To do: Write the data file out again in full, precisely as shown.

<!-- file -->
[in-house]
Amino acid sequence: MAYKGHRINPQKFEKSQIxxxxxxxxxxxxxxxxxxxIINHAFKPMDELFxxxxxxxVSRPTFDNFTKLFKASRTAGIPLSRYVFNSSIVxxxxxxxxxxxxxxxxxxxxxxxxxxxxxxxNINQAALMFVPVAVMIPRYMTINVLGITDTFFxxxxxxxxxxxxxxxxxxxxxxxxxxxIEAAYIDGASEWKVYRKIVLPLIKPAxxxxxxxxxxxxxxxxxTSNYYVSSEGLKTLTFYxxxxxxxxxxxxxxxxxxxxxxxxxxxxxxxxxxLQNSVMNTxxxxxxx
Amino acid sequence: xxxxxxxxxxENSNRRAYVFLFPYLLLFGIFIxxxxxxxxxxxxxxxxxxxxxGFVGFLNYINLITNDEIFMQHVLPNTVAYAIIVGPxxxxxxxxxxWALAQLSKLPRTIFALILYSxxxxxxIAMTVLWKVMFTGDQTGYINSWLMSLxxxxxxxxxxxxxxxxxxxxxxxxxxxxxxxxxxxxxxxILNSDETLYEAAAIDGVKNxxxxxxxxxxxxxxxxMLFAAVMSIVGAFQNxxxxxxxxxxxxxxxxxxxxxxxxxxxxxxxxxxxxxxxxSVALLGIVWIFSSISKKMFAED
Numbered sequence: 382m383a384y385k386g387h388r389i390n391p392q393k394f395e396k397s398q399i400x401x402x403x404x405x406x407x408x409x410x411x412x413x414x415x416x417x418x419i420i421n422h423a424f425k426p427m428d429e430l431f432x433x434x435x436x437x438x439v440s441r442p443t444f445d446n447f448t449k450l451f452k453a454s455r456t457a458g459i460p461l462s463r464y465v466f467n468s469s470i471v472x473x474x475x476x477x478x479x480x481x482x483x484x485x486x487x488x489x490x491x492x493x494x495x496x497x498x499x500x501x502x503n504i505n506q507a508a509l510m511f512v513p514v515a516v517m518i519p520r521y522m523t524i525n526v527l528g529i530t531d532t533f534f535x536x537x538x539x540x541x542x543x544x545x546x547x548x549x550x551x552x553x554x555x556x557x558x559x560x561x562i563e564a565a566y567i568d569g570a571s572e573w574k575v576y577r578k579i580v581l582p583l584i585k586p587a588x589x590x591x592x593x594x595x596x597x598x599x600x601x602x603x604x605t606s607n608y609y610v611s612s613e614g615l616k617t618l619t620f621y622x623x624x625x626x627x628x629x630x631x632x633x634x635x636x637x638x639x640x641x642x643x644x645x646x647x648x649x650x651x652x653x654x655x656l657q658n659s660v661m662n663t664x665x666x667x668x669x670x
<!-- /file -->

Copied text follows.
[in-house]
Amino acid sequence: MAYKGHRINPQKFEKSQIxxxxxxxxxxxxxxxxxxxIINHAFKPMDELFxxxxxxxVSRPTFDNFTKLFKASRTAGIPLSRYVFNSSIVxxxxxxxxxxxxxxxxxxxxxxxxxxxxxxxNINQAALMFVPVAVMIPRYMTINVLGITDTFFxxxxxxxxxxxxxxxxxxxxxxxxxxxIEAAYIDGASEWKVYRKIVLPLIKPAxxxxxxxxxxxxxxxxxTSNYYVSSEGLKTLTFYxxxxxxxxxxxxxxxxxxxxxxxxxxxxxxxxxxLQNSVMNTxxxxxxx
Amino acid sequence: xxxxxxxxxxENSNRRAYVFLFPYLLLFGIFIxxxxxxxxxxxxxxxxxxxxxGFVGFLNYINLITNDEIFMQHVLPNTVAYAIIVGPxxxxxxxxxxWALAQLSKLPRTIFALILYSxxxxxxIAMTVLWKVMFTGDQTGYINSWLMSLxxxxxxxxxxxxxxxxxxxxxxxxxxxxxxxxxxxxxxxILNSDETLYEAAAIDGVKNxxxxxxxxxxxxxxxxMLFAAVMSIVGAFQNxxxxxxxxxxxxxxxxxxxxxxxxxxxxxxxxxxxxxxxxSVALLGIVWIFSSISKKMFAED
Numbered sequence: 382m383a384y385k386g387h388r389i390n391p392q393k394f395e396k397s398q399i400x401x402x403x404x405x406x407x408x409x410x411x412x413x414x415x416x417x418x419i420i421n422h423a424f425k426p427m428d429e430l431f432x433x434x435x436x437x438x439v440s441r442p443t444f445d446n447f448t449k450l451f452k453a454s455r456t457a458g459i460p461l462s463r464y465v466f467n468s469s470i471v472x473x474x475x476x477x478x479x480x481x482x483x484x485x486x487x488x489x490x491x492x493x494x495x496x497x498x499x500x501x502x503n504i505n506q507a508a509l510m511f512v513p514v515a516v517m518i519p520r521y522m523t524i525n526v527l528g529i530t531d532t533f534f535x536x537x538x539x540x541x542x543x544x545x546x547x548x549x550x551x552x553x554x555x556x557x558x559x560x561x562i563e564a565a566y567i568d569g570a571s572e573w574k575v576y577r578k579i580v581l582p583l584i585k586p587a588x589x590x591x592x593x594x595x596x597x598x599x600x601x602x603x604x605t606s607n608y609y610v611s612s613e614g615l616k617t618l619t620f621y622x623x624x625x626x627x628x629x630x631x632x633x634x635x636x637x638x639x640x641x642x643x644x645x646x647x648x649x650x651x652x653x654x655x656l657q658n659s660v661m662n663t664x665x666x667x668x669x670x